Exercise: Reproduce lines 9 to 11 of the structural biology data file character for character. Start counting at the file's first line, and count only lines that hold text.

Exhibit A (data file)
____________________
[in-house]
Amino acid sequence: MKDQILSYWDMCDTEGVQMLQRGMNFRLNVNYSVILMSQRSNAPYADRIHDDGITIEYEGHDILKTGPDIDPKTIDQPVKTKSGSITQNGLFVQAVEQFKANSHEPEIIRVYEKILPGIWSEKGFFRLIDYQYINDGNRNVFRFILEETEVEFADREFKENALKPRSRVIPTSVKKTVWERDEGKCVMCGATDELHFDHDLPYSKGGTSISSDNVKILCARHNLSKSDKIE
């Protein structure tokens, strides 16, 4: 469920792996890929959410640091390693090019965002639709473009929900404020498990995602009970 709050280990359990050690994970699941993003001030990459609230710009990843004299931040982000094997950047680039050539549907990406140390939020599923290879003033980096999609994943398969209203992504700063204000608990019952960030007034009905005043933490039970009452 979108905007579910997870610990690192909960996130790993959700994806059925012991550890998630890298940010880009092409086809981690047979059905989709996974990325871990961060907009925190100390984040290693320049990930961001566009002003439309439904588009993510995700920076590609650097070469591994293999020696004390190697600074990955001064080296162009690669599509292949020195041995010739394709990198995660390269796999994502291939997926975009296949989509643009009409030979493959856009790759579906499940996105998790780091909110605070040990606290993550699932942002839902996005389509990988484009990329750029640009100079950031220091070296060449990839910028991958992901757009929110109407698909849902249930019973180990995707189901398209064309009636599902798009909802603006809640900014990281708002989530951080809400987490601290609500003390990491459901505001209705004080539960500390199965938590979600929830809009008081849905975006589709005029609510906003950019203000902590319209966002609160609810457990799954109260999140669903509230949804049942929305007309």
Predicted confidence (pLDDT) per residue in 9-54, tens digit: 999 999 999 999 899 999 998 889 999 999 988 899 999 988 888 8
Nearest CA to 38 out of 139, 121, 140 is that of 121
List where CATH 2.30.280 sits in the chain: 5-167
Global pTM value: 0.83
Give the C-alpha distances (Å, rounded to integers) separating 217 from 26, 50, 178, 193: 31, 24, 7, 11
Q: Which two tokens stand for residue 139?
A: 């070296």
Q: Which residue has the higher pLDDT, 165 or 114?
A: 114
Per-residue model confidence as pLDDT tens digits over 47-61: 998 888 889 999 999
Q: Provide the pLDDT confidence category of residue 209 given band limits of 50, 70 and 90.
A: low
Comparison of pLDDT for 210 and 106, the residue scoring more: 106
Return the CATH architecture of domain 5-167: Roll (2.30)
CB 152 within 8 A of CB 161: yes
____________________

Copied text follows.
Q: Which two tokens stand for residue 139?
A: 């070296």
Q: Which residue has the higher pLDDT, 165 or 114?